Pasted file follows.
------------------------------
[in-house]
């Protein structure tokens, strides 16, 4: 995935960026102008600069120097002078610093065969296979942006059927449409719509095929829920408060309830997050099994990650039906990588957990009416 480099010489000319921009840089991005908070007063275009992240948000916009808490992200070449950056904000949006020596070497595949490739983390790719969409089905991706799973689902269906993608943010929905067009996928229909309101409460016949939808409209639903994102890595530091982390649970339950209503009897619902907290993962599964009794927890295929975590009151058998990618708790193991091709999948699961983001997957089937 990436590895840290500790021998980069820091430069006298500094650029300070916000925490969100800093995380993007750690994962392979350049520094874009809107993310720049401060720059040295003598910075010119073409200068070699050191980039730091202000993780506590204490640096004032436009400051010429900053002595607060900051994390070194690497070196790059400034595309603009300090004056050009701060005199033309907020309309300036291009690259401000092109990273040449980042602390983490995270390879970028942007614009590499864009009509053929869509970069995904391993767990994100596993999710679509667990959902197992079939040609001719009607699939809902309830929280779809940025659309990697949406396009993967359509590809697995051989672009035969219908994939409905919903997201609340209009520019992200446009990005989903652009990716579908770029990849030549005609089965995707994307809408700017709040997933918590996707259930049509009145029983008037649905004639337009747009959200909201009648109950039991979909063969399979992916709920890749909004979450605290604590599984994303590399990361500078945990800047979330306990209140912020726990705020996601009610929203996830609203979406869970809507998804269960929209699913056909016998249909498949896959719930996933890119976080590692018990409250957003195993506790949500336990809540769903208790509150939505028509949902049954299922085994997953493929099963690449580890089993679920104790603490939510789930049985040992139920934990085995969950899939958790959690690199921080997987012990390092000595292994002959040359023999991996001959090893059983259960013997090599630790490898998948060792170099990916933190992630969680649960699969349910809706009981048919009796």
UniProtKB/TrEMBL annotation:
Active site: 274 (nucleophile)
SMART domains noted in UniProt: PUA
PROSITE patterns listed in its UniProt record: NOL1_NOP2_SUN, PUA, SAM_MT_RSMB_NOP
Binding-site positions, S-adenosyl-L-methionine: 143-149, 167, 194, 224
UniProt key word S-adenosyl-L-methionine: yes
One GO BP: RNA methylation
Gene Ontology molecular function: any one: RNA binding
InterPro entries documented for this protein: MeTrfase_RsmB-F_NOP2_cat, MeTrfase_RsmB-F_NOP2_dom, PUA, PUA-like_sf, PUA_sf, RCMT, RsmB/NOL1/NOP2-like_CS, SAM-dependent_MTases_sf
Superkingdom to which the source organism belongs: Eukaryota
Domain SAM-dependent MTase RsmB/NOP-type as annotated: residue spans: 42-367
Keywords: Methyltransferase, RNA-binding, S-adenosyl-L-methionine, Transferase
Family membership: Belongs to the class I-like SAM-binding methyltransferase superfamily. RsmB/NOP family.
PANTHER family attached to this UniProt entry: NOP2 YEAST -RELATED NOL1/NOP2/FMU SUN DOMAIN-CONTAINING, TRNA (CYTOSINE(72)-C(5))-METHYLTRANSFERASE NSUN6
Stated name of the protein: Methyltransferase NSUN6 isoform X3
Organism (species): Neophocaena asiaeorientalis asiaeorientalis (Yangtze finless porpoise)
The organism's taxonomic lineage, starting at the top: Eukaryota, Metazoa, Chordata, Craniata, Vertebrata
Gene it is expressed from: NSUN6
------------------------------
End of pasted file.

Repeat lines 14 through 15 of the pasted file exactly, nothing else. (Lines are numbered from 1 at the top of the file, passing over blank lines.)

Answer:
Keywords: Methyltransferase, RNA-binding, S-adenosyl-L-methionine, Transferase
Family membership: Belongs to the class I-like SAM-binding methyltransferase superfamily. RsmB/NOP family.